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Language proficiency is the ability of an individual to use language with a level of accuracy that transfers meaning in production and comprehension. There is no singular definition of language proficiency, however, and this has implications for its application in other language domains such as literacy, testing, endangered languages, language impairment, etc. There is little consistency as to how different organizations classify it. Native-level fluency is estimated to require a lexicon between 20,000 and 40,000 words, but basic conversational fluency might require as few as 3,000 words.
Developing language proficiencyEdit
Developing proficiency in any language begins with word learning. By the time they are 12 months old, children learn their first words and by the time they are 36 months old, they may know well over 900 words (Bloom and Markson, 1998; Owens, 2016) with their utterances intelligible to the people who interact with them the most. Developing language proficiency improves an individual’s capacity to communicate. Over time through interaction and through exposure to new forms of language in use, an individual learns new words, sentence structures, and meanings, thereby increasing their command of using accurate forms of the target language.
Issues in defining language proficiencyEdit
Languages that are considered endangered are undergoing efforts to revitalize them. Some of these languages have few speakers, while some have none. The learners of these languages are engaged in using documented resources (i.e. word lists, hymnals, bibles) to relearn their languages. Language proficiency in these cases of endangerment is being determined by how much language is learned in these communities through these efforts; proficient speakers are being determined by these communities (Hinton, 2011; Leonard, 2018).
The American Council on the Teaching of Foreign Languages (ACTFL) distinguishes between proficiency and performance. In part, ACTFL's definition of proficiency is derived from mandates issued by the U.S. government, declaring that a limited English proficient student is one who comes from a non-English background and "who has sufficient difficulty speaking, reading, writing, or understanding the English language and whose difficulties may deny such an individual the opportunity to learn successfully in classrooms where the language of instruction is English or to participate fully in our society".
ACTFL views "performance" as being the combined effect of all three modes of communication: interpretive, interpersonal, and presentational.
Note that test scores may not correlate reliably, as different understandings of proficiency lead to different types of assessment:
- FSI Test (Foreign Service Institute) Scores range from 0 to 5. (deprecated)
- Interagency Language Roundtable Scores range from 0 to 5. (evolved from FSI)
- Language Proficiency Index
- ACTFL Proficiency Guidelines ACTFL recognises ten different levels of proficiency: "novice", "intermediate", "advanced", and "superior", of which the first three are each subdivided into "low", "mid", and "high".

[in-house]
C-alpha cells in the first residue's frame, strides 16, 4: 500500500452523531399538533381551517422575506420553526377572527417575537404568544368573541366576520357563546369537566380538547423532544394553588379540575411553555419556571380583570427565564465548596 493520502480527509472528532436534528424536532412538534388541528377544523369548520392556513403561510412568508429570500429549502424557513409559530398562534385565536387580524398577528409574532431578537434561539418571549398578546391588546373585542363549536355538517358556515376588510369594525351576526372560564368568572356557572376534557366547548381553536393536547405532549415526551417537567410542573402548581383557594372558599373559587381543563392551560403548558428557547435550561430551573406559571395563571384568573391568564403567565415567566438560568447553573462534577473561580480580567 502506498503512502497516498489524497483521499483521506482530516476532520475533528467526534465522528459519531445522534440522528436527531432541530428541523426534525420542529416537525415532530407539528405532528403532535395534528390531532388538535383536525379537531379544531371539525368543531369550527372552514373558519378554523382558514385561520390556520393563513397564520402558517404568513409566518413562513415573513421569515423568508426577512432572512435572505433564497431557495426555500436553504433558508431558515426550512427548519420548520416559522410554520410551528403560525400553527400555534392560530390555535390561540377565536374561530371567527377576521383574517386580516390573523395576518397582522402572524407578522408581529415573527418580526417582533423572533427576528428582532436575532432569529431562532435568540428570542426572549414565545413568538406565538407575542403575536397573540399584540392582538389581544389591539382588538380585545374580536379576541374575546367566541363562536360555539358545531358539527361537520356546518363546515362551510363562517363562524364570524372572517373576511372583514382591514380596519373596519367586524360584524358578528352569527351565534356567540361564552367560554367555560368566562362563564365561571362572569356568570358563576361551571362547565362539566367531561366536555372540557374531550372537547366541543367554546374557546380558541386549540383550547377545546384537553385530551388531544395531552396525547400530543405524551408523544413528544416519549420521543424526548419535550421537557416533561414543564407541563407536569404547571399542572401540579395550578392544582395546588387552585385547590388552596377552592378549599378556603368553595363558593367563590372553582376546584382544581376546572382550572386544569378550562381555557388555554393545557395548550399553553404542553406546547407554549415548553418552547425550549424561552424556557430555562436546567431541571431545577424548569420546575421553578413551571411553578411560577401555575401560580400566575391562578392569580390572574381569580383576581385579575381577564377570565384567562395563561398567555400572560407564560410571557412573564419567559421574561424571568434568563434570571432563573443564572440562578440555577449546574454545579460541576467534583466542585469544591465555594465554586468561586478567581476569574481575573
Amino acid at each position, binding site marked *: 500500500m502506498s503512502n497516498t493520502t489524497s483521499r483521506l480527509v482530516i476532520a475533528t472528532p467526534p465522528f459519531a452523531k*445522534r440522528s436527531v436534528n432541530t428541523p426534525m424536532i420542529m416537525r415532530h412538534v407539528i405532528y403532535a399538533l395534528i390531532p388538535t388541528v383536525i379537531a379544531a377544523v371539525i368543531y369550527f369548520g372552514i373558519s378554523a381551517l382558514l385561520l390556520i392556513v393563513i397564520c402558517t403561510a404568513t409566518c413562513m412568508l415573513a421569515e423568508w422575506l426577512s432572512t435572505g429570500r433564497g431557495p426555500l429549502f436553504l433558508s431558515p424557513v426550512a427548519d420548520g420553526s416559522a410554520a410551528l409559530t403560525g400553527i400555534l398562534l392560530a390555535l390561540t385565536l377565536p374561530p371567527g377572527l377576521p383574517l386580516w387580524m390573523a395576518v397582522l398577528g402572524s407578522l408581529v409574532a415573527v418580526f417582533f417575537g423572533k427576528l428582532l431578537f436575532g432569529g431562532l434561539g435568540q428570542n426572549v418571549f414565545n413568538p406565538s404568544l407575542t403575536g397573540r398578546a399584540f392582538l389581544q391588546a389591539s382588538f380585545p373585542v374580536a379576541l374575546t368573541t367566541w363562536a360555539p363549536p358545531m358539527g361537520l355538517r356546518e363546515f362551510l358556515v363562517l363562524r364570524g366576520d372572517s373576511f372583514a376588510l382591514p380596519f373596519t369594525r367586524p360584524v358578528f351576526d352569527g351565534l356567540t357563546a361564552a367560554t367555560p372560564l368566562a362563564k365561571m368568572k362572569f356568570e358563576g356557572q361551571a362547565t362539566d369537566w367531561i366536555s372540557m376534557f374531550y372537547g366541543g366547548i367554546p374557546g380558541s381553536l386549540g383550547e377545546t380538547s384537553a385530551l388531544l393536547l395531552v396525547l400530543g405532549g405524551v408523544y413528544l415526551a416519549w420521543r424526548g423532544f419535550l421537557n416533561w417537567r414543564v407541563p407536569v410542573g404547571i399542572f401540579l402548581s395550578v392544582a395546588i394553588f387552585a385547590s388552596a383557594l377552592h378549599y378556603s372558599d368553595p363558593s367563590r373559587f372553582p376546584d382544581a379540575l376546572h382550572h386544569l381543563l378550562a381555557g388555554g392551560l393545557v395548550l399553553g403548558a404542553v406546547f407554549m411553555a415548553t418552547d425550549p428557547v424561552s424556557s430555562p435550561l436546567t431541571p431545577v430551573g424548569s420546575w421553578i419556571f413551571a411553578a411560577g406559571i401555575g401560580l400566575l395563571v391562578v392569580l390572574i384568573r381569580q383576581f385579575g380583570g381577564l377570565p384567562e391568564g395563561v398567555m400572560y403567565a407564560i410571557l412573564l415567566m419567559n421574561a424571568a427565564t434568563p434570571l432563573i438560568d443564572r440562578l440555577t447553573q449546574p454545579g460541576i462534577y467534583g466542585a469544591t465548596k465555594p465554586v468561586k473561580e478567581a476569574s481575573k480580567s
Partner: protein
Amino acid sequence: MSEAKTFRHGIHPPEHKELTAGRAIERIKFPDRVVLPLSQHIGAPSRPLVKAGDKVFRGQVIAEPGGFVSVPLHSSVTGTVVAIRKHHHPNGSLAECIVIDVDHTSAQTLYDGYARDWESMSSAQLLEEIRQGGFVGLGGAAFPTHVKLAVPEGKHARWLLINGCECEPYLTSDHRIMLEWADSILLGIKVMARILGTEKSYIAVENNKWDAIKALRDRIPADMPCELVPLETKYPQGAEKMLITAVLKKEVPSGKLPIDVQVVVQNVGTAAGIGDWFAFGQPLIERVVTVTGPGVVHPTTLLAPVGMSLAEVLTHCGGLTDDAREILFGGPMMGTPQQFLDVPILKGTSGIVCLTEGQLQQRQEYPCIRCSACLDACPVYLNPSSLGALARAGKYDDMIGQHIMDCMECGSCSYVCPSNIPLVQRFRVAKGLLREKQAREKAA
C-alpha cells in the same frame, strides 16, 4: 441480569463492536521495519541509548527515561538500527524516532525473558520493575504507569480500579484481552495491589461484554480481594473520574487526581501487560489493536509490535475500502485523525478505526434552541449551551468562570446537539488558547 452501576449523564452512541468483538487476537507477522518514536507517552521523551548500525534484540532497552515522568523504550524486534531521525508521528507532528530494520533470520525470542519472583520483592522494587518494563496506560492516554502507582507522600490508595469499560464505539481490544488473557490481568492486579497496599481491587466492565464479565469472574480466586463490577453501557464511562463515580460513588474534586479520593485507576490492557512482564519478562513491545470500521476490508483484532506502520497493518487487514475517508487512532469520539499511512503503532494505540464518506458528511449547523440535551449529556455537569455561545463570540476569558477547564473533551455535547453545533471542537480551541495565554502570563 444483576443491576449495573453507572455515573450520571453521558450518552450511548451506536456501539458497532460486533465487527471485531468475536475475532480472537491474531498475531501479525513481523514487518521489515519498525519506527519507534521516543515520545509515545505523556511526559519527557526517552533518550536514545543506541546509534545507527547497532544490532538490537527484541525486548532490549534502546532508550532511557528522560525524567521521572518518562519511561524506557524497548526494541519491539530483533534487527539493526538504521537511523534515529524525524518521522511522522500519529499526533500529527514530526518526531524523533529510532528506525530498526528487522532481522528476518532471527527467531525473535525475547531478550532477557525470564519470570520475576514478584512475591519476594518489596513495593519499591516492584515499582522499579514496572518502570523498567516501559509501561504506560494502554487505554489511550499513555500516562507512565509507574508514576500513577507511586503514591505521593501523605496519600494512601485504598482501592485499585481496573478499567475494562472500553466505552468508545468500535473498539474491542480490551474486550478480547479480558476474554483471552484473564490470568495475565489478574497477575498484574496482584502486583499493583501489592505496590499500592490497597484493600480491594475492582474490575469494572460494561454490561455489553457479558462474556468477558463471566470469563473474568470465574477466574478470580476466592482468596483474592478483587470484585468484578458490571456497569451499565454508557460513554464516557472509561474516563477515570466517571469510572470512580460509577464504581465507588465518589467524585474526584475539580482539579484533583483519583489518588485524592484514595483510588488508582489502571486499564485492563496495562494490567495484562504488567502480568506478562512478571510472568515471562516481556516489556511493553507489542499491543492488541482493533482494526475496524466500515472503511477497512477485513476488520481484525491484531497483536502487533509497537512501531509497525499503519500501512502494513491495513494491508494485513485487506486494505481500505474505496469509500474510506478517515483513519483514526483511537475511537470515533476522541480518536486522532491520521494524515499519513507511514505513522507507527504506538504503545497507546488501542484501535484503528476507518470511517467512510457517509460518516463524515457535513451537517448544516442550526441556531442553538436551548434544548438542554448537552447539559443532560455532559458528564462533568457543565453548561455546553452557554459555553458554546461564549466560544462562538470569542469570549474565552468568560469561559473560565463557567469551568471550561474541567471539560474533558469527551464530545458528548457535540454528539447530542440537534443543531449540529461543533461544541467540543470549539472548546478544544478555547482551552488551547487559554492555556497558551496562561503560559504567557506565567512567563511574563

- Common European Framework of Reference for Languages CEFR recognises six levels: A1, A2, B1, B2, C1 and C2.
- Avant STAMP (STAndards-based Measurement of Proficiency)
- Cambridge English Language Assessment tests
- CaMLA (Cambridge Michigan Language Assessments)
- CELI (Certificato di Conoscenza della Lingua Italiana)
- CELPE-Bras (Certificate of Proficiency in Portuguese for Foreigners)
- CILS (Certificazione di Italiano come Lingua Straniera)
- Defense Language Proficiency Tests
- DELF (Diplôme d'études en langue française)
- DELE (Diplomas of Spanish as Foreign Language)
- Examination for Japanese University Admission
- General English Proficiency Test
- HSK (汉语水平考试 Hànyǔ Shuǐpíng Kǎoshì)
- IELTS (International English Language Testing System)
- iTEP (International Test of English Proficiency)
- Japanese Language Proficiency Test (日本語能力試験 Nihongo Nōryoku Shiken)
- Language Proficiency Assessment for Teachers
- Pearson Test of English Academic (PTE-A)
- PLIDA (Progetto Lingua Italiana Dante Alighieri)
- The European Language Certificates (telc - language tests)
- TOEFL (Test of English as a Foreign Language)
- TOEIC (Test of English for International Communication)
- TOPIK (한국어능력시험 Test of Proficiency in Korean)
- TEPS (Test of English Proficiency developed by Seoul National University)
- Test of Russian as a Foreign Language
- Test de français international
- Test de connaissance du français
- TOCFL (華語文能力測驗 Test of Chinese as a Foreign Language)
- UBELT (University of Bath English Language Test)
See also: Language tests category
Notes and referencesEdit
Bloom, P. & Markson, L. (1998). Capacities underlying word learning. Trends in Cognitive Science, 2 (2), 67-73.
Hinton, L. (2011). Language revitalization and language pedagogy: New teaching and learning strategies. Language and Education, 25(4), 307-318. https://doi.org/10.1080/09500782.2011.577220
Leonard, W. (2018). Reflections on (de)colonialism in language documentation. Language Documentation. In McDonnell, Bradley, Andrea L. Berez-Kroeker, and Gary Holton. (Eds.) Reflections on Language Documentation 20 Years after Himmelmann 1998. Language Documentation & Conservation Special Publication no. 15. [PP 55-65] Honolulu: University of Hawai‘i Press. http://nflrc.hawaii.edu/ldc/
Owens, R.E. (2016). Language development (9th ed). Boston: Pearson.